The Dartmouth Center for Health Care Delivery Science

Glyn Elwyn MBBCH, MSC, FRCGP, PHD
Professor and Senior Scientist at
The Dartmouth Center for Health Care
Delivery Science and The Dartmouth Institute
for Health Policy and Clinical Practice

When he entered the field of medicine, Glyn Elwyn had a background in theater and literature. It struck him that the roles in the typical doctor-patient interaction contained a built in power imbalance — which was especially unfair in that the patients were often fearful and insufficiently informed, and that the potential for being harmed was almost entirely borne by the patient.

When he first began seeing his own patients in Wales, in the UK, Elwyn inherited a traditional practice that used paper records and files. He developed a habit of giving patients their records to read in the waiting room, in advance of being seen. What he learned in the process astonished him — his patients routinely corrected errors; many were upset about the ways they’d been described by previous physicians. Allowing them to share in their own records led not only to more transparency and accuracy, he discovered, but better health. “When you involve patients as partners,” he says, “basic human nature takes over. You become more careful. You take care not to take on unnecessary risks. The possibility of making errors goes down. Ultimately, outcomes improve.”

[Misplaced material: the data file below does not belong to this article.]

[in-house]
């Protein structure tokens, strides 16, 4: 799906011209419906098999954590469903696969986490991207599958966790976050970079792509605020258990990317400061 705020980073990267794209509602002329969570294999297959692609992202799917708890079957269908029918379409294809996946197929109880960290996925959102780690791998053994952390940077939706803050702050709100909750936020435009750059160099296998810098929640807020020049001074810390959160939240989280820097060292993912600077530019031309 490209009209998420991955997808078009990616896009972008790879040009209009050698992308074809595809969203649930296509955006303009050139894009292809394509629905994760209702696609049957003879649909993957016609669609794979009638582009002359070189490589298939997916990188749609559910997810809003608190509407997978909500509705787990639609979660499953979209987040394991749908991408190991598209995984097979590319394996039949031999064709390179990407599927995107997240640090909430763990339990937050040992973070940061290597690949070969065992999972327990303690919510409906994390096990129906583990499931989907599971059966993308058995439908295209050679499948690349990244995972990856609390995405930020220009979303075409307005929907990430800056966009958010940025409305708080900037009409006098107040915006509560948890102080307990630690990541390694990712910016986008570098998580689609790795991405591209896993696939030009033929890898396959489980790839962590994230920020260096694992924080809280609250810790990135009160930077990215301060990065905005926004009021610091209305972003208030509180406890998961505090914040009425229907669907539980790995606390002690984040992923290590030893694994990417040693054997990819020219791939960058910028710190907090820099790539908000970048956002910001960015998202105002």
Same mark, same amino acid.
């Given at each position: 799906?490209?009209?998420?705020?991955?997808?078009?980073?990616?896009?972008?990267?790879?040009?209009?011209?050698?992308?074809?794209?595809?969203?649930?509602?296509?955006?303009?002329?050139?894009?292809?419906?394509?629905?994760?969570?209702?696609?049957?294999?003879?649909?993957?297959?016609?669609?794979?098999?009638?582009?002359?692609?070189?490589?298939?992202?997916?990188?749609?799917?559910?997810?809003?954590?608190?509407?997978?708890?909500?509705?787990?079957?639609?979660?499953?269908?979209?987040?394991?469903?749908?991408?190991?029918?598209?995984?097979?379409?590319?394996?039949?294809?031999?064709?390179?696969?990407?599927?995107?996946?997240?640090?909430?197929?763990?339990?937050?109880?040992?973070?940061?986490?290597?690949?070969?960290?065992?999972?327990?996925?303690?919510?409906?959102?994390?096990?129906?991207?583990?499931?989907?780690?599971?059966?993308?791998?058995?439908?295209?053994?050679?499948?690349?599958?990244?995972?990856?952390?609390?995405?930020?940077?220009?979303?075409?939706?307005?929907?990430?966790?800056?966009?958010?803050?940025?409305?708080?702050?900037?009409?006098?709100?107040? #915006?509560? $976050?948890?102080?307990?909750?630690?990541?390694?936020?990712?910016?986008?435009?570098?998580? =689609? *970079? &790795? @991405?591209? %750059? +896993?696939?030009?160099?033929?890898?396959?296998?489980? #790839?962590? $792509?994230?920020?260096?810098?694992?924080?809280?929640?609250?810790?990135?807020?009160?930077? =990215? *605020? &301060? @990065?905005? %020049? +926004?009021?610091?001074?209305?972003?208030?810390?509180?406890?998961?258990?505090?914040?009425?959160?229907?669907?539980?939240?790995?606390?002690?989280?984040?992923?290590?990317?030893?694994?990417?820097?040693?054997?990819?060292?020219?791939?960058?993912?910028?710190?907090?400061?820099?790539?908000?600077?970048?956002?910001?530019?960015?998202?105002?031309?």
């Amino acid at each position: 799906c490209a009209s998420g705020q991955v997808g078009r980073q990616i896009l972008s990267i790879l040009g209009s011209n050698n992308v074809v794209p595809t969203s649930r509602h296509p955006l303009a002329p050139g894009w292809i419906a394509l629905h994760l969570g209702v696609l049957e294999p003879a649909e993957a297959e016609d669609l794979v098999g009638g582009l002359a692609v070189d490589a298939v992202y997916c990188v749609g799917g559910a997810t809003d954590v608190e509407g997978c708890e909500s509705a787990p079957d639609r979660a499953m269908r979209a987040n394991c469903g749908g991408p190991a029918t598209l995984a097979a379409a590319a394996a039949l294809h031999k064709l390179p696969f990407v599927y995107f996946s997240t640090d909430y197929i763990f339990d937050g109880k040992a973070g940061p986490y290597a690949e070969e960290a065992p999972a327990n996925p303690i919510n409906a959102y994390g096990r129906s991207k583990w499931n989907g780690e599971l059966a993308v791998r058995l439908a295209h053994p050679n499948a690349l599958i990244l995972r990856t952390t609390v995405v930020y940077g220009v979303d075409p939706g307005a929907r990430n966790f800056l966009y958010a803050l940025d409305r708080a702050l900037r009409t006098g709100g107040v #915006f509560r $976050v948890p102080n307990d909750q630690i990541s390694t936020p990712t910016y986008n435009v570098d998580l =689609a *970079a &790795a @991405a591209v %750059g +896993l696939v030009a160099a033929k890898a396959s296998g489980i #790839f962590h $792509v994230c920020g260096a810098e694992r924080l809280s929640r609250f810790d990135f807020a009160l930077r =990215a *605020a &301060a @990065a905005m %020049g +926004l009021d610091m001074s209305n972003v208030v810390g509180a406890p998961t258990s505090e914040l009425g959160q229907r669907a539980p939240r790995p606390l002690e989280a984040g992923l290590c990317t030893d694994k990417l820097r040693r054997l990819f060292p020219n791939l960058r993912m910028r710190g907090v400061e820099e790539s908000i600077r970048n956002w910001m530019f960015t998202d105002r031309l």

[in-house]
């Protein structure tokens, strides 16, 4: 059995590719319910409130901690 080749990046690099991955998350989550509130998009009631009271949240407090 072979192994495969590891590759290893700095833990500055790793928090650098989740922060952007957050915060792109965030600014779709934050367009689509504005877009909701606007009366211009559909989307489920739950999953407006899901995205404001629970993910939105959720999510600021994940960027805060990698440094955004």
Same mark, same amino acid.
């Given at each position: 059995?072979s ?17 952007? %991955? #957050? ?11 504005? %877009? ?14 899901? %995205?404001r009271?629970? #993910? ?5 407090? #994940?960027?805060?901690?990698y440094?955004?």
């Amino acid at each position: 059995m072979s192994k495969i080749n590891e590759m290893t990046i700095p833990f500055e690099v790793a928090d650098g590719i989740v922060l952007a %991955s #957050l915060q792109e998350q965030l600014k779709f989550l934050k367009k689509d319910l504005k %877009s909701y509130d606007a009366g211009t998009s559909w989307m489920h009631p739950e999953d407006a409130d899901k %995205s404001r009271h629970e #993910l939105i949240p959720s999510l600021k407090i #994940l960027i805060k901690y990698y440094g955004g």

Since then, Elwyn has dedicated much of his professional energy to “democratizing” the power imbalance in medical relationships, to making sure that patients’ voices are better heard and understood. “It’s become even more important in recent years,” he says. The voice of the patient has almost become lost in the technological progress.”

At Dartmouth’s Center for Health Care Delivery Science, Elwyn leads a group of a half dozen researchers who work together in “The Preference Laboratory,” focusing on ways to systematically improve how patients are informed of their care and their choices — the only way, he says, to their make preferences valuable and relevant. He prefers not to frame the group’s work as soft vs. hard science, but rather in the ethics of medicine. In what constitutes “best practices.”